Main Gallery


Artists: Sonny Assu, Lori Blondeau, Hjalmer Wenstob

October 7 to November 27

Humour as Medicine presents the work of contemporary Indigenous artists Sonny Assu (Ligwiłda’xw), Lori Blondeau (Cree/Salteaux/Metis), and Hjalmer Wenstob (Nuu-chah-nulth) in an exhibition that exemplifies how humour can be a powerful coping mechanism for trauma and emotional distress. Underpinning the show is the goal to explore humour as a tool for healing, activism, and open communication. 

The ability to laugh at the pain and devastation inflicted by colonial and racist attitudes has been a necessary coping mechanism in Indigenous communities the world over. The powerful impact of humour can be a cathartic release and a finely honed tool used to dispense truth. Within the exhibition, the artworks chosen are infused with humour in a range of tones and shades. By employing contemporary materials in traditional form, inverting standards of whiteness, and appropriating Indigenous stereotypes to demonstrate their absurdity and one-dimensionality, Sonny Assu, Lori Blondeau, and Hjalmer Wenstob demonstrate a breadth of approaches across their artistic output and prove the effectiveness of humour in opening difficult subjects, creating space for dialogue, and restoring power to the storyteller.  

These three artists approach traumatic histories and the perseverance of status quo policies and perspectives voicing important truths about the false friend colonial authority. The work of these artists is inextricably linked to Indigenous politics, and speaks frankly and unabashedly about personal and collective experiences with colonialism. 

What’s coming next? See our Upcoming Exhibitions.

Satellite Gallery

Our satellite gallery is an exhibition space located in the lobby of the Campbell River Art Gallery and Visitors Centre. Four large showcases are devoted to contemporary artwork.

photo credit : Gordon Ross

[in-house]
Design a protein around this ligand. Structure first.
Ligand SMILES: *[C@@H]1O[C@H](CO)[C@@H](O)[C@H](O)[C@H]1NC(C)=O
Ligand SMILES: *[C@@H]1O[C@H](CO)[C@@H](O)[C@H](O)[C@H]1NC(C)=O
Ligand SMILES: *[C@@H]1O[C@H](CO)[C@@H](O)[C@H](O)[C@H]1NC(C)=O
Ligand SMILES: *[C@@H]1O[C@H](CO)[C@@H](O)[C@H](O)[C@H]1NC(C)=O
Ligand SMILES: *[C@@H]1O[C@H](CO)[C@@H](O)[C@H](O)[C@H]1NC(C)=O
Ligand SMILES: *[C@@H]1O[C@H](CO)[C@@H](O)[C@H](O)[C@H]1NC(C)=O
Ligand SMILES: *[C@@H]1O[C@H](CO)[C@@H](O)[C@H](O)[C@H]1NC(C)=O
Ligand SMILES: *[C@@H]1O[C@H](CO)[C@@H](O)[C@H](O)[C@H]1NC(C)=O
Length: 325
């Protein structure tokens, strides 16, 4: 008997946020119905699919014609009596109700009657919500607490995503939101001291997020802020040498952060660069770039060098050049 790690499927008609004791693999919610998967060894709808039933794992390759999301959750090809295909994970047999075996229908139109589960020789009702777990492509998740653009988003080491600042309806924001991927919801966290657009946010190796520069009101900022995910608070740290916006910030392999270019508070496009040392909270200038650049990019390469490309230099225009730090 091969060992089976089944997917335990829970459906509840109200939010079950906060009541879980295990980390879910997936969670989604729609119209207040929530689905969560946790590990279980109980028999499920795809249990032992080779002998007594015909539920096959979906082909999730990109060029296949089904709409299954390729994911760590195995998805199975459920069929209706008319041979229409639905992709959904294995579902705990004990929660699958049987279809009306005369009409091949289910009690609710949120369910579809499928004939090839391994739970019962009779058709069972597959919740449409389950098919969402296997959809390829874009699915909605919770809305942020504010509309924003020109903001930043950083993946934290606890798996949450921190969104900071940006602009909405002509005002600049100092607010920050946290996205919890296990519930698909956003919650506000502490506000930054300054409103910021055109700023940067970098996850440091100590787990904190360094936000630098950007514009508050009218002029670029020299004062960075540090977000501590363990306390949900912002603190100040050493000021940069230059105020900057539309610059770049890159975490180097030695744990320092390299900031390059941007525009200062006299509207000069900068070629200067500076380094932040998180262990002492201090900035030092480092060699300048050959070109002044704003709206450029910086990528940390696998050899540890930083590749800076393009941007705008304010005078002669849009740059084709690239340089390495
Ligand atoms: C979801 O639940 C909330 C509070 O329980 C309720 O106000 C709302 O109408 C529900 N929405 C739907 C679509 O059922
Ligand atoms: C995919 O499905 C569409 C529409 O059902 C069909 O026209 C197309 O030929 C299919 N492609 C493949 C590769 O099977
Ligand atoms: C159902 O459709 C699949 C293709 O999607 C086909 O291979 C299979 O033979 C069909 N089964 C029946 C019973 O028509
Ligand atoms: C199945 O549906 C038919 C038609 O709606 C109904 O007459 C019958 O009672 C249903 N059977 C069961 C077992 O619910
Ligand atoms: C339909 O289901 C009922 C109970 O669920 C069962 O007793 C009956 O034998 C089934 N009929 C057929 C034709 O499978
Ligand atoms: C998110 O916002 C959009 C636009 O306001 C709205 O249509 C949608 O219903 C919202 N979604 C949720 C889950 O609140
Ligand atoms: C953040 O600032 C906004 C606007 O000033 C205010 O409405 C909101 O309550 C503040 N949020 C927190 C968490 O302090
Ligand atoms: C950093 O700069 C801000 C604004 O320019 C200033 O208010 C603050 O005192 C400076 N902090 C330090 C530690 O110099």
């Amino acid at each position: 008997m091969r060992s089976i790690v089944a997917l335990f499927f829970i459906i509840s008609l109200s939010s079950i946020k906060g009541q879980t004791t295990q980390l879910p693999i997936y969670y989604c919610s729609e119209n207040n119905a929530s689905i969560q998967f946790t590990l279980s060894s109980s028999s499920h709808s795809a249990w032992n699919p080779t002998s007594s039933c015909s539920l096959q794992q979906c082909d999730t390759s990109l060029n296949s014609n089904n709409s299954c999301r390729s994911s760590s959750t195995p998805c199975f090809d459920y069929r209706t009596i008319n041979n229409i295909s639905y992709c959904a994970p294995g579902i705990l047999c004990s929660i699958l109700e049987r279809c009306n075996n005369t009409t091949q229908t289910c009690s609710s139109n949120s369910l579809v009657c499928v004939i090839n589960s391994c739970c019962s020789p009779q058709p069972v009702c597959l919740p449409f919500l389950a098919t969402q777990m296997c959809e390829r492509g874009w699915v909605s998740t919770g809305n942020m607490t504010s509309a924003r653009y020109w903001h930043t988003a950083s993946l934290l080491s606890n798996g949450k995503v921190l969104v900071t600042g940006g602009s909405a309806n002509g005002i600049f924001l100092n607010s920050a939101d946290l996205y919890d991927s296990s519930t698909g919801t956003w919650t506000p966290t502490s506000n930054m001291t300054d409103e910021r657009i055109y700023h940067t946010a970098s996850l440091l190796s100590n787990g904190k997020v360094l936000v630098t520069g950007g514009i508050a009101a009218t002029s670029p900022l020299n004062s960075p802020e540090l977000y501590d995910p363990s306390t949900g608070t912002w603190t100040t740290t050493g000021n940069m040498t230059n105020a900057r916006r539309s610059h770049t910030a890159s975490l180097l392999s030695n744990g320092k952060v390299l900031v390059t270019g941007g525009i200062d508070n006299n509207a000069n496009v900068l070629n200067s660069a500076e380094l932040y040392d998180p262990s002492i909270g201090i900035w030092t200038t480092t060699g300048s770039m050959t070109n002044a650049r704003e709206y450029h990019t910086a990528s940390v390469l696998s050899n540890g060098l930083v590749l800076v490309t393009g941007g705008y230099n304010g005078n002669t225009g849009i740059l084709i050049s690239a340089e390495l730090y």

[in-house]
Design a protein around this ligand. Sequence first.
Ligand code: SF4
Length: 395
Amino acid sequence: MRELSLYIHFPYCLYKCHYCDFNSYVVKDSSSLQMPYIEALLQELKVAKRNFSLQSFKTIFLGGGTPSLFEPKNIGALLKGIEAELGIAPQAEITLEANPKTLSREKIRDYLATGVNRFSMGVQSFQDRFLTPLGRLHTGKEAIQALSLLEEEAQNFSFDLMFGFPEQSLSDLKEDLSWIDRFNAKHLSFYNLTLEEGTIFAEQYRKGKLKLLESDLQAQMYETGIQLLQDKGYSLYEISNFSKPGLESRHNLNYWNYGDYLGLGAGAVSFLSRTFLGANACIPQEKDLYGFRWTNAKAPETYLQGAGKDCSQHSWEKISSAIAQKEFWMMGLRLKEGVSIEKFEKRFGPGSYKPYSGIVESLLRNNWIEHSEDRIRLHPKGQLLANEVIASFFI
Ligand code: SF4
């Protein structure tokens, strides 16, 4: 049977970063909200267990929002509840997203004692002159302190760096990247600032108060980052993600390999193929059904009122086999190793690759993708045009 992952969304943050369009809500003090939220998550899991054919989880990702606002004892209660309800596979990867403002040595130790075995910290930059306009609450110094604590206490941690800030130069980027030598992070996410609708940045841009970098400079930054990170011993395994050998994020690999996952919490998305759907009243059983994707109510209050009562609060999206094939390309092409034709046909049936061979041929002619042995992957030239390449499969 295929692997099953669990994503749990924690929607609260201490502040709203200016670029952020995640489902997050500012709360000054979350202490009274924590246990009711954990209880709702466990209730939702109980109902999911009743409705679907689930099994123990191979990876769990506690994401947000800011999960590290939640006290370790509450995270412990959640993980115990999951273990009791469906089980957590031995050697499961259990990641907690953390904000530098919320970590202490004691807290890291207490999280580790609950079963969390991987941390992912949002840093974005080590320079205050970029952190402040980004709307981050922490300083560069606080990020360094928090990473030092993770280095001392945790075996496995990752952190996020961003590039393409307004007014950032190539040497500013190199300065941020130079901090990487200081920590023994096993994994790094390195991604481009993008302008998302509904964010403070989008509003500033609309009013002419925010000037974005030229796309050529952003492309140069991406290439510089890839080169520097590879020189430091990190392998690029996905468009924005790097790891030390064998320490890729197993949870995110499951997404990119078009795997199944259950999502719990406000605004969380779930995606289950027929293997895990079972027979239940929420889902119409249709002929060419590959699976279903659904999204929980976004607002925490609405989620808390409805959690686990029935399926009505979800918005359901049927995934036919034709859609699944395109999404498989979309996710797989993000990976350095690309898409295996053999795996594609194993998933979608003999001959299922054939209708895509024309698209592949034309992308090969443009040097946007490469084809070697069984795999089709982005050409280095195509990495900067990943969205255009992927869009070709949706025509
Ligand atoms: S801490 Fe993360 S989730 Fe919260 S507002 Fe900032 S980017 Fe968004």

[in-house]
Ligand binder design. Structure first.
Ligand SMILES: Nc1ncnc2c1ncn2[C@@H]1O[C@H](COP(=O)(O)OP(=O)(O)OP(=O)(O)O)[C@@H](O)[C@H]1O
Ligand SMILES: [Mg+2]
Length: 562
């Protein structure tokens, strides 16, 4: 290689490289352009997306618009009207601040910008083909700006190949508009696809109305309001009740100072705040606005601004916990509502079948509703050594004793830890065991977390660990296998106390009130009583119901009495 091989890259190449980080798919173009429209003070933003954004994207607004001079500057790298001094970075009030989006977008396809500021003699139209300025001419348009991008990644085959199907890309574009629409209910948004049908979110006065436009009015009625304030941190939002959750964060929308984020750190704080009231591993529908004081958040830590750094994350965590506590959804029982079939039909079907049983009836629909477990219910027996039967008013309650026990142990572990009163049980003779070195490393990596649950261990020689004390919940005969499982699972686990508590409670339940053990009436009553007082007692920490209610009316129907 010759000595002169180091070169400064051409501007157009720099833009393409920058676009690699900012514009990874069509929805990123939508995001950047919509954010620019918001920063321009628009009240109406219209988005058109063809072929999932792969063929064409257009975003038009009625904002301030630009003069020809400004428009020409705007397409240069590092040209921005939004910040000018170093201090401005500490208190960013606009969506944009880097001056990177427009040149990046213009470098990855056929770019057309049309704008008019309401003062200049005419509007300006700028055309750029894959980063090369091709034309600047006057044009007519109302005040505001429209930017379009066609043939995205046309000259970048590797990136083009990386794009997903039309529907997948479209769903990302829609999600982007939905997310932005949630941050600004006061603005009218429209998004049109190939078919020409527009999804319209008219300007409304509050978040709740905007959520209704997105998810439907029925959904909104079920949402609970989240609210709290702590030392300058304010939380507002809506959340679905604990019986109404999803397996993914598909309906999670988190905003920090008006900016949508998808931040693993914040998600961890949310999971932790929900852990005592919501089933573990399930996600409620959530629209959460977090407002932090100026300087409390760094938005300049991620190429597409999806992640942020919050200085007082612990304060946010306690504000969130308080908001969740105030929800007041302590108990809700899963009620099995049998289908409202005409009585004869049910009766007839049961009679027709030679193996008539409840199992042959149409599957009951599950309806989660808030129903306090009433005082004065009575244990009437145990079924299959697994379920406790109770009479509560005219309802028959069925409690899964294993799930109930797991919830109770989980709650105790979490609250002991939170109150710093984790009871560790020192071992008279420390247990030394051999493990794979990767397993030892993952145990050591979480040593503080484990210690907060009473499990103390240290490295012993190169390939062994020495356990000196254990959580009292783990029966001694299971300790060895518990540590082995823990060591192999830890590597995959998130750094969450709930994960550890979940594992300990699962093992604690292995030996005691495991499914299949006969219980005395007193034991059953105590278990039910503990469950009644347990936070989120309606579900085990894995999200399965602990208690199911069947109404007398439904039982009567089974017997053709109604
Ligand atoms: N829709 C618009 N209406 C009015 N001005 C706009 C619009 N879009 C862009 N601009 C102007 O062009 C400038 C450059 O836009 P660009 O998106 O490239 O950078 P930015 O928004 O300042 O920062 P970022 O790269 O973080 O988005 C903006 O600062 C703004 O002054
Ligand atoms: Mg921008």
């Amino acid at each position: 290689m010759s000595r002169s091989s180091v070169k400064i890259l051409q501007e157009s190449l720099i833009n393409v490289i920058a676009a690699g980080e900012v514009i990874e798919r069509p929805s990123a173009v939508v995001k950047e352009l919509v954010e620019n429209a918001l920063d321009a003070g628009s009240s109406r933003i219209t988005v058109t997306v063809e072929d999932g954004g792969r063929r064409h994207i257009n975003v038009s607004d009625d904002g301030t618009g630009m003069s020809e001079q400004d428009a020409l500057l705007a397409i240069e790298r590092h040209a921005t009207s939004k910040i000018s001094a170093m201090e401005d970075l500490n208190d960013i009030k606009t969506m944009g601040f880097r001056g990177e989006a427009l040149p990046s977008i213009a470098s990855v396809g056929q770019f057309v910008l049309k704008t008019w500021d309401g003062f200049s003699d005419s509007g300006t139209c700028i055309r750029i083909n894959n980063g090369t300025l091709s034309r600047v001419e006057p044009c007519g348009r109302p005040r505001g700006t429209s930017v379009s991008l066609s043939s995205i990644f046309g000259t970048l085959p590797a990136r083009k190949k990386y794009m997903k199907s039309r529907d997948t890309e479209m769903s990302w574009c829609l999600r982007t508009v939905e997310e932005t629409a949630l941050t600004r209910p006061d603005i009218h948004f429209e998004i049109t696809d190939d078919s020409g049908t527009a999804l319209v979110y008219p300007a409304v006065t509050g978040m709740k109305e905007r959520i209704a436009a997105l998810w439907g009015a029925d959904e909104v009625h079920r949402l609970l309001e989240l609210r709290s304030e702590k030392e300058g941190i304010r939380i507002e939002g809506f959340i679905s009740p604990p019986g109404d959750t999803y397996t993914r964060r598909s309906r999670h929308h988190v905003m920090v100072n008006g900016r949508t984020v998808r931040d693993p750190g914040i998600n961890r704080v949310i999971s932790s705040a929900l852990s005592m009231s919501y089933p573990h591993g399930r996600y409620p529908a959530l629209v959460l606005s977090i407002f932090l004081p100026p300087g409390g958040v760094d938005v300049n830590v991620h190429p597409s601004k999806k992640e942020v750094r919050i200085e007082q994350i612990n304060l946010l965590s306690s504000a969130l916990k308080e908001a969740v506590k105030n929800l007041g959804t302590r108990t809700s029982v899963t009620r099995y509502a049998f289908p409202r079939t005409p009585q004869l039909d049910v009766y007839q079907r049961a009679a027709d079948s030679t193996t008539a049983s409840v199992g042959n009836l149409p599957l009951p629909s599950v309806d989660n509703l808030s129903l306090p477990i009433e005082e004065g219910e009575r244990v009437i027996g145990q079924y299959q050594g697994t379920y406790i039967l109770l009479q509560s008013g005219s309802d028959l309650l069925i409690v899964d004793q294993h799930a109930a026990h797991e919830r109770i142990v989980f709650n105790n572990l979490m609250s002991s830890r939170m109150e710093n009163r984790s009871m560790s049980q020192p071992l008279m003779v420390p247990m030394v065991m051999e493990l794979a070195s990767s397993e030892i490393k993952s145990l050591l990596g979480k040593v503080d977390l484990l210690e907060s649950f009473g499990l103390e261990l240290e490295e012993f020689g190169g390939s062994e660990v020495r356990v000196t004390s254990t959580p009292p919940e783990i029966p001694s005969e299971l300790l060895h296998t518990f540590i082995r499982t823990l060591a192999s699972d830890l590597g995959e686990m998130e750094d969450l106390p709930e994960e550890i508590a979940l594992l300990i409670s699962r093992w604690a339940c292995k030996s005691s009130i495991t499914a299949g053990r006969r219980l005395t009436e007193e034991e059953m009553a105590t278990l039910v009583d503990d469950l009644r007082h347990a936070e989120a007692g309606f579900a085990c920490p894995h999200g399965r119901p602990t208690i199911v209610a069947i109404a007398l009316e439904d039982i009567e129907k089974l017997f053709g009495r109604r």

Walk With Me is a community action and research project designed to make change in relation to the toxic drug poisoning crisis. This exhibition draws attention to the people who have shared their voices, images and a glimpse of their everyday lives in Campbell River during the Fall of 2021.

“We want to be seen,
we want to be heard,
we exist,
we are human.”

We are honoured to have walked together.

Walk With Me has been developed in response to a crisis that has blindsided municipal governments and communities, large and small, across the country. The crisis has had a heavy impact in BC. Since it was labeled a provincial emergency in 2016, illicit drug toxicity deaths have totaled over 7,500. For governments, communities, front-line workers, families and people with lived and living experience, the crisis can feel insurmountable. This project, developed by research and community teams in Kamloops  and the Comox Valley, and invited into Campbell River by AVI Health and Community Services and the Community Action Team, brings together diverse stakeholders to re-frame the crisis, and imagine new ways forward.

Artist facilitator: Spencer Sheehan Kalina
Photography: Gordon Ross
Curatorial work and design: Nadine Bariteau

Walk With Me would like to pay gratitude to their funders: